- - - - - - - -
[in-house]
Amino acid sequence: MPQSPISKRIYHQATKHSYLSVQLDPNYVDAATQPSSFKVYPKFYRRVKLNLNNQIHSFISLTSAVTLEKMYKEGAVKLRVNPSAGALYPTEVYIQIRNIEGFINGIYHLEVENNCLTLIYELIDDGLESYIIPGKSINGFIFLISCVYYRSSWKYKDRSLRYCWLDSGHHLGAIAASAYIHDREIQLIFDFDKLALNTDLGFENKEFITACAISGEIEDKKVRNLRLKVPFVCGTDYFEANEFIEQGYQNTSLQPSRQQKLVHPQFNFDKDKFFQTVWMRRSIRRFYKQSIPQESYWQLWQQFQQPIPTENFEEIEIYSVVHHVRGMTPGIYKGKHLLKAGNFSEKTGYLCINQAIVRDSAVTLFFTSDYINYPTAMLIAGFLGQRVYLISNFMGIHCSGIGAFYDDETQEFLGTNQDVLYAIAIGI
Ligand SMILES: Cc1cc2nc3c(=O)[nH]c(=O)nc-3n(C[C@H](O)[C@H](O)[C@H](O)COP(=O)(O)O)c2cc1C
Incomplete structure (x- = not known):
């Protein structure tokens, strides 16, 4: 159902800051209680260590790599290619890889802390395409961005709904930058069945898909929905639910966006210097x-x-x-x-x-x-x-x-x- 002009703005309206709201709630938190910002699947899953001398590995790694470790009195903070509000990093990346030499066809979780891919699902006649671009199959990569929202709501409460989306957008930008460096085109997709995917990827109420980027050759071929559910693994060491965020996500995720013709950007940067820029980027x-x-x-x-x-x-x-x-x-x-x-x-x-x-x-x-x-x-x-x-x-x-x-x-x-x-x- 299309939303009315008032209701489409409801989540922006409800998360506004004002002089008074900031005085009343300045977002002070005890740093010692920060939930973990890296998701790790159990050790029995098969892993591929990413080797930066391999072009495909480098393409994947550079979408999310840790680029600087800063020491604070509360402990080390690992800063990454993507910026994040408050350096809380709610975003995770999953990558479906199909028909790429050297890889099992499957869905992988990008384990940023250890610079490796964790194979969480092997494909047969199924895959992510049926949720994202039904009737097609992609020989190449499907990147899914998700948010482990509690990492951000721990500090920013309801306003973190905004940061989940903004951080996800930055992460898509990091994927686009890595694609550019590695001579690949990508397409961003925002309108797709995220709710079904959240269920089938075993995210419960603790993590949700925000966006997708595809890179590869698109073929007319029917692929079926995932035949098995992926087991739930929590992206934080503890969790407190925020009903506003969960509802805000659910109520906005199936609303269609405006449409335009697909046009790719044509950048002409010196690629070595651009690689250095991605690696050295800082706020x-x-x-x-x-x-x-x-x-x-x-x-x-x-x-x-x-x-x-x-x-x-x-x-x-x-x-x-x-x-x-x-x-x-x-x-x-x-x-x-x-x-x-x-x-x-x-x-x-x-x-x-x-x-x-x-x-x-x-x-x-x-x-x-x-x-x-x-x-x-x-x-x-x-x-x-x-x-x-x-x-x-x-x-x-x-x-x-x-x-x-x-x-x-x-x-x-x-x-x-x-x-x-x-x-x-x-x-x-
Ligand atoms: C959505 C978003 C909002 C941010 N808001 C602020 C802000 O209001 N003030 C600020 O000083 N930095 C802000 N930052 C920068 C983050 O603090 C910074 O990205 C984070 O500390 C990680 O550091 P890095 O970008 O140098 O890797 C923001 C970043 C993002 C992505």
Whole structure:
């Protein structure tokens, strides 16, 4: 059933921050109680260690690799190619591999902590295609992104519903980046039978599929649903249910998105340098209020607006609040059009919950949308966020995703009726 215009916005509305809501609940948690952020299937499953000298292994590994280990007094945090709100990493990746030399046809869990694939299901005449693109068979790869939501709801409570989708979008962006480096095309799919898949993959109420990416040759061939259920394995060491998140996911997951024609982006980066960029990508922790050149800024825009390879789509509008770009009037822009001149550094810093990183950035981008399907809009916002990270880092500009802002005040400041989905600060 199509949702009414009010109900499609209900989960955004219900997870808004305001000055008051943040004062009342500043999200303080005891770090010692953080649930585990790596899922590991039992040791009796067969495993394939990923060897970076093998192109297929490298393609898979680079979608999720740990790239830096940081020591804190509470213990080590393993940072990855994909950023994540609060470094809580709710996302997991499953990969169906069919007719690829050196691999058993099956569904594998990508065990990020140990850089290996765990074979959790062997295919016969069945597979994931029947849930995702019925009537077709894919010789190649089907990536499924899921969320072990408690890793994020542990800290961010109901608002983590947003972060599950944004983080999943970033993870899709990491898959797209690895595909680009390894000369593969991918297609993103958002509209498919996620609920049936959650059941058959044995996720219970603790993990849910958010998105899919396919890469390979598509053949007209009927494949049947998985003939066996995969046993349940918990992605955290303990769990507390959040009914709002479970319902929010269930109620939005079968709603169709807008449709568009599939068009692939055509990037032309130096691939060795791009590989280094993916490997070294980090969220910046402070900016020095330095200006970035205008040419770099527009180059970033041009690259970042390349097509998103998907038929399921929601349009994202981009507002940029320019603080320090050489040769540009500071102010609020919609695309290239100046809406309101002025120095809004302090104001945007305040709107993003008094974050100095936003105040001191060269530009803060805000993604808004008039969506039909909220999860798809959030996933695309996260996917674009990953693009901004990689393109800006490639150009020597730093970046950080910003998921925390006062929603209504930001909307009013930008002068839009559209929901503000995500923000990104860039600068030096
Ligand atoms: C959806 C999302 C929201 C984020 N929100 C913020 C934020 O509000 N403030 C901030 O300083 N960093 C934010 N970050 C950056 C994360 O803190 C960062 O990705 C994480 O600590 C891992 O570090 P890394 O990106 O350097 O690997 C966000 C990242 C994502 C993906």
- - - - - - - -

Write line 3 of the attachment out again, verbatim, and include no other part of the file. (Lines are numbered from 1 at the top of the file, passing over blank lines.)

Ligand SMILES: Cc1cc2nc3c(=O)[nH]c(=O)nc-3n(C[C@H](O)[C@H](O)[C@H](O)COP(=O)(O)O)c2cc1C